Jump to content
The Education Forum

Ralph Serrano, Rolando Masferrer, and Haiti


Recommended Posts

I just got this interesting memo from the Dade County Criminal Intel Section. Never heard of this Serrano before.

Date: December 14, 1966

Subject: Mr. Eugene Maximilien- consul general for the Republic of Haiti

"On this date, Seargant Joseph Fernandez received information from Agent Wallace Shanley, US Customs Service, concerning an individual Mr. Maximilien claims is threatening him and whom he only knows as "Ralph."

Agent Shanley states that Ralph is known to him as Ralph Cerrano aka Serrano (and Geroge Rizo). According to Agent Shanley Cerrano was formerly associated with Santo Trafficante in Cuba and more recently has been involved with the Haitian problem.

Cerrano aligned himself with Rolando Masferrer in the aborted overthrow of the Haitian government. During this operation he made numerous contacts with Maximilien who, according to Agent Shanley, is an opportunist and may have thought it was in his best interest to work with Cerrano and Masferrer. However, when the invasion failed to materialize, Maximilien found himself in an inopportune position and is presently trying to recoup the former position he held in the Haitian government."

There's a little more about the complaint and how there's basically nothing there. Dade CIS terminates the investigation.

Link to comment
Share on other sites

Interesting Scott.

The connection seems to be with 'Project Nassau,' or 'Operation Istanbul' and Mitch WerBell. Ralph appears to have had more than the one alias listed in that report. I wonder if any of the names associated with this operation could be the one(s) redacted in the attached.

Whoops - wrong file. Corrected.

http://cuban-exile.com/doc_076-100/doc0088.html

OPERATION ISTANBUL

--------------------------------------------------------------------------------

"Project Nassau" was the designation given by Mitch Werbell and CBS News for the invasion of Haiti by Haitians, Cubans and American Soldiers of Fortune. Planning began in the Spring of 1966 when CBS became aware. The actual designation was OPERATION ISTANBUL. They decided to take the opportunity to film an actual Caribbean revolution. The producer and film crew were dispatched to Miami with Mitchell Werbell as an advisor. Freelance journalists also filtered in, like Andrew St. George and Tom Dunkin. Filming for the CBS production was from a rented boat called "The Poor Richard" by a man known as William Harvey. Rifles were rented by CBS and filming took place in a South Miami park. Most of the CBS production crew were informants for one Government agency or another so the entire invasion was stopped in early January 1967 with the arrest of 75 would-be invaders. Congress held hearings on the matter to determine if CBS was financing revolutions.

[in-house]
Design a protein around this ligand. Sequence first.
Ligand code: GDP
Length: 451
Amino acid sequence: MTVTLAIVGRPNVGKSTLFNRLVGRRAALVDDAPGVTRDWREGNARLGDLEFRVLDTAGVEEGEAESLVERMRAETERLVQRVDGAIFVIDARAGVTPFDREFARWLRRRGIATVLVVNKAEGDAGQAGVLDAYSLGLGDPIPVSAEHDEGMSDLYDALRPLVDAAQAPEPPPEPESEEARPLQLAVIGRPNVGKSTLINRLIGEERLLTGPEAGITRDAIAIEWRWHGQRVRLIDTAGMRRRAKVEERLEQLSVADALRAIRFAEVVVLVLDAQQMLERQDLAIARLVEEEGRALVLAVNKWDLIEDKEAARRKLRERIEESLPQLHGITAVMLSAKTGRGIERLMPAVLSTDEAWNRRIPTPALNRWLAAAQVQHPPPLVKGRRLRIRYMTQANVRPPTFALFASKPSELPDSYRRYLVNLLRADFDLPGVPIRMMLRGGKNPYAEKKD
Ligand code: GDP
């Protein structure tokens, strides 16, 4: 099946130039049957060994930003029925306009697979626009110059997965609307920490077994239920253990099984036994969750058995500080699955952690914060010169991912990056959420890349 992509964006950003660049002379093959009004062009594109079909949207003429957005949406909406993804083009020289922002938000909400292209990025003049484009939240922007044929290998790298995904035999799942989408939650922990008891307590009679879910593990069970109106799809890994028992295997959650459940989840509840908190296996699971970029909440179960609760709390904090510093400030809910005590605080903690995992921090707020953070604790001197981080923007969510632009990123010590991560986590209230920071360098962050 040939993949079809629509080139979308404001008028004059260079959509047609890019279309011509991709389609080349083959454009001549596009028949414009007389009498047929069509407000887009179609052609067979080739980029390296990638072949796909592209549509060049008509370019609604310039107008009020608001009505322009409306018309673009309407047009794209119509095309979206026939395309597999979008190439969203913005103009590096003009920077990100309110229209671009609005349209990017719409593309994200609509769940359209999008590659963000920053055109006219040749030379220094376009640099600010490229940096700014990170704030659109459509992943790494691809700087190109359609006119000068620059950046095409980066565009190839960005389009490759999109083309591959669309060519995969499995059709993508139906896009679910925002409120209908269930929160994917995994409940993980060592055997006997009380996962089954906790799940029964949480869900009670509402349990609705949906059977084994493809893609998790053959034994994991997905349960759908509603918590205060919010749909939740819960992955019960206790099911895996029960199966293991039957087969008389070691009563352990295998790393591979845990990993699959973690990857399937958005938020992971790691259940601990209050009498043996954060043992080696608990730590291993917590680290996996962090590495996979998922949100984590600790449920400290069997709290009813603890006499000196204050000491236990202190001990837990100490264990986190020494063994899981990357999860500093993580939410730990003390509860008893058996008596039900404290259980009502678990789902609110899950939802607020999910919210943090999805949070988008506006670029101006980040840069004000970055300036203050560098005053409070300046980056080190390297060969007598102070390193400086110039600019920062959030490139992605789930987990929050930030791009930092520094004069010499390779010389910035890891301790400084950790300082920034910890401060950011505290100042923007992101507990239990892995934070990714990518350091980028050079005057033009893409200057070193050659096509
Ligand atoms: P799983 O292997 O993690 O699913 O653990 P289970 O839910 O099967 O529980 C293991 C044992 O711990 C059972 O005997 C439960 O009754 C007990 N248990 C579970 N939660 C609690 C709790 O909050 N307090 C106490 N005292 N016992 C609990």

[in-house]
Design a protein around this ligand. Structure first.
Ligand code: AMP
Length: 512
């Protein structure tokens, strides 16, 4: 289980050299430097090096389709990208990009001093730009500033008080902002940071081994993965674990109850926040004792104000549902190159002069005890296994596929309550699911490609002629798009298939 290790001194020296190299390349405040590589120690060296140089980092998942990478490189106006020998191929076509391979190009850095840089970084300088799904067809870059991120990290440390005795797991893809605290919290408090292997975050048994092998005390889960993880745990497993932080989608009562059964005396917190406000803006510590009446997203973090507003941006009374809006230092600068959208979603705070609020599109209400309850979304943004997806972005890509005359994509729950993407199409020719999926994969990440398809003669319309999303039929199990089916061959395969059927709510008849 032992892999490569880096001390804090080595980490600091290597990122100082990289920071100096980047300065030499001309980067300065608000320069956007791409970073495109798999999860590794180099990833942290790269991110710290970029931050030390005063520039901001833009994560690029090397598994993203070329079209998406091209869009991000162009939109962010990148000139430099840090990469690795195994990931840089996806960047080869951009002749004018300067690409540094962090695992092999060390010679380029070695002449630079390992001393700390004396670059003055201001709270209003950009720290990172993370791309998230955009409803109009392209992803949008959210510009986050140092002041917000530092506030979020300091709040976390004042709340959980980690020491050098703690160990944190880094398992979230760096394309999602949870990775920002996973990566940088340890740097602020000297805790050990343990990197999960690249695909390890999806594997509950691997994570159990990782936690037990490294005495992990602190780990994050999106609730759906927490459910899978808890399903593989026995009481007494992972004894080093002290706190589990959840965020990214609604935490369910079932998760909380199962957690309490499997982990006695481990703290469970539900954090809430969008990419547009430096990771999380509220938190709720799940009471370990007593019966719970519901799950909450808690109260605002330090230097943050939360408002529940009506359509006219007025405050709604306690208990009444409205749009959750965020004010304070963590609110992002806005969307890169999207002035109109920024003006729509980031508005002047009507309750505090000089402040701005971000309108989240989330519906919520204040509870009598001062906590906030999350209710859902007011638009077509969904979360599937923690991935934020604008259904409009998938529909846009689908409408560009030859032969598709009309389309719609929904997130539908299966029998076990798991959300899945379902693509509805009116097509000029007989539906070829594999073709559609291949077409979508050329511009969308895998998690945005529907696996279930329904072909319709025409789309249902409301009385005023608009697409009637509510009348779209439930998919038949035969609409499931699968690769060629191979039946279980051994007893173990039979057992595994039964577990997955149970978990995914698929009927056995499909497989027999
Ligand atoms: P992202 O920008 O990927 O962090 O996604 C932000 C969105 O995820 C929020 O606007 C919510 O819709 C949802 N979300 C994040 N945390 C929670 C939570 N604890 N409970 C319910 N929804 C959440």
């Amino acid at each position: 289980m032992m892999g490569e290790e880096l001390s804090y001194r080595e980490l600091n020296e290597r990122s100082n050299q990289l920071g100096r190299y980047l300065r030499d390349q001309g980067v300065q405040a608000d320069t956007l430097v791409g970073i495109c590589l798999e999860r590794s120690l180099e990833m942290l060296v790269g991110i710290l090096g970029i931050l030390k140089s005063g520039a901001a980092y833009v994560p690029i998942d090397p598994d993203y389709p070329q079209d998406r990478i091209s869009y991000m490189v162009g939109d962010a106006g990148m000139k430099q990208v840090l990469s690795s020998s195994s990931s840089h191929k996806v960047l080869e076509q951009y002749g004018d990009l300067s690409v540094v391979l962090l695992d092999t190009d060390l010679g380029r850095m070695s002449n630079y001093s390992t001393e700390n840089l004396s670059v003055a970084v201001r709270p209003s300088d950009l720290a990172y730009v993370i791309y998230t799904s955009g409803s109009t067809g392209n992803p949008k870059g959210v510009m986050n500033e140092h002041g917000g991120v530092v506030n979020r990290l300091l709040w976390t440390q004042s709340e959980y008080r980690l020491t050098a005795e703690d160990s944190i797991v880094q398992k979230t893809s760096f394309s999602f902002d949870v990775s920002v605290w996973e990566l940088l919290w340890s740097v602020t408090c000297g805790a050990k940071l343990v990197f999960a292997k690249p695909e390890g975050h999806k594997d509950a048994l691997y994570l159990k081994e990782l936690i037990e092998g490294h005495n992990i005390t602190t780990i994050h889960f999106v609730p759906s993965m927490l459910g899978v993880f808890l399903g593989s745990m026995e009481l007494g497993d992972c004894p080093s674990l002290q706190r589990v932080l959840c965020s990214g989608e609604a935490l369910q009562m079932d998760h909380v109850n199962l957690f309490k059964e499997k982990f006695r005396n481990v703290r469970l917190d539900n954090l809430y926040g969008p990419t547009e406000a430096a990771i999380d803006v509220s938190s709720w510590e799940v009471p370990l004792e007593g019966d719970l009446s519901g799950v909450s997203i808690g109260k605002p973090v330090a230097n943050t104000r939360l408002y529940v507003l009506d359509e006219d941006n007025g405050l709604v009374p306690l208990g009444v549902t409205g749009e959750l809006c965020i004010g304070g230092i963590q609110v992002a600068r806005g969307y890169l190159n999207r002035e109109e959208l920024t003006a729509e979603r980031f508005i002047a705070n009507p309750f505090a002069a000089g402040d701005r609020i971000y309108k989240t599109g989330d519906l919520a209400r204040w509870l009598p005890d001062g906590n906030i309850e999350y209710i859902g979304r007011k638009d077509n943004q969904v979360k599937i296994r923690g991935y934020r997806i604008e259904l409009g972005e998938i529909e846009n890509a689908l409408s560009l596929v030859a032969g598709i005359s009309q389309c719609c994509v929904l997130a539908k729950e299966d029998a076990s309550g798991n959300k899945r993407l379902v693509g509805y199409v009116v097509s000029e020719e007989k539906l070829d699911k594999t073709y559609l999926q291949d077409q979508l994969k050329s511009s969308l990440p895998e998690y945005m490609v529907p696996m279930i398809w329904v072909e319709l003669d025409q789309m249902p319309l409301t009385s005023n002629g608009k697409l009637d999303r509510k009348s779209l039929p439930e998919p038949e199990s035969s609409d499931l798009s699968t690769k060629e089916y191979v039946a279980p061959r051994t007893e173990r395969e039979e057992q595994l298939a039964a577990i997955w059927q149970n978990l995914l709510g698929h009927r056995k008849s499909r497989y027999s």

SERRANO, Ralph....66, 115, 170, 196

aka: Ralph Blair ...117, 264-5

aka: Ralph Almonte ...264-5

deported Sept 66 to Dom Rep ...117-9

has extortion tape of Maxmillian ...116, 118

very good friend of Masferrer ...117

on tape w/Maxmillian Oct 66 ...134

AGENCY : FBI

RECORD NUMBER : 124-90124-10061

RECORDS SERIES : HQ

AGENCY FILE NUMBER : CR 105-159111-8

DOCUMENT INFORMATION

ORIGINATOR : FBI

FROM : HQ

TO : USSS

TITLE : [No Title]

DATE : 05/11/1967

PAGES : 1

DOCUMENT TYPE : PAPER, TEXTUAL DOCUMENT

SUBJECTS : MITCHELL LIVINGSTON WERBELL III; RALPH LAURO SERRANO

CLASSIFICATION : SECRET

RESTRICTIONS : OPEN IN FULL

CURRENT STATUS : OPEN

DATE OF LAST REVIEW : 09/12/1998

COMMENTS : FD-376

post-675-1145500987_thumb.jpg

Edited by Lee Forman
Link to comment
Share on other sites

I just got this interesting memo from the Dade County Criminal Intel Section. Never heard of this Serrano before.

Date: December 14, 1966

Subject: Mr. Eugene Maximilien- consul general for the Republic of Haiti

"On this date, Seargant Joseph Fernandez received information from Agent Wallace Shanley, US Customs Service, concerning an individual Mr. Maximilien claims is threatening him and whom he only knows as "Ralph."

Agent Shanley states that Ralph is known to him as Ralph Cerrano aka Serrano (and Geroge Rizo). According to Agent Shanley Cerrano was formerly associated with Santo Trafficante in Cuba and more recently has been involved with the Haitian problem.

Cerrano aligned himself with Rolando Masferrer in the aborted overthrow of the Haitian government. During this operation he made numerous contacts with Maximilien who, according to Agent Shanley, is an opportunist and may have thought it was in his best interest to work with Cerrano and Masferrer. However, when the invasion failed to materialize, Maximilien found himself in an inopportune position and is presently trying to recoup the former position he held in the Haitian government."

There's a little more about the complaint and how there's basically nothing there. Dade CIS terminates the investigation.

Perhaps this is the chap about whom you're inquiring:

496 F.2d 81

UNITED STATES of America, Plaintiff-Appellee,

v.

Ralph SERRANO, Defendant-Appellant.

No. 74-1135.

United States Court of Appeals, Fifth Circuit.

June 27, 1974.

Paul P. Rao, Jr., New York City, for defendant-appellant.

Robert W. Rust, U.S. Atty., Miami, Fla., Mark S. Geraghty, Trial Atty., U.S. Dept. of Justice, Crim. Div., Narcotic & Dangerous Drug Section, Washington, D.C., for plaintiff-appellee.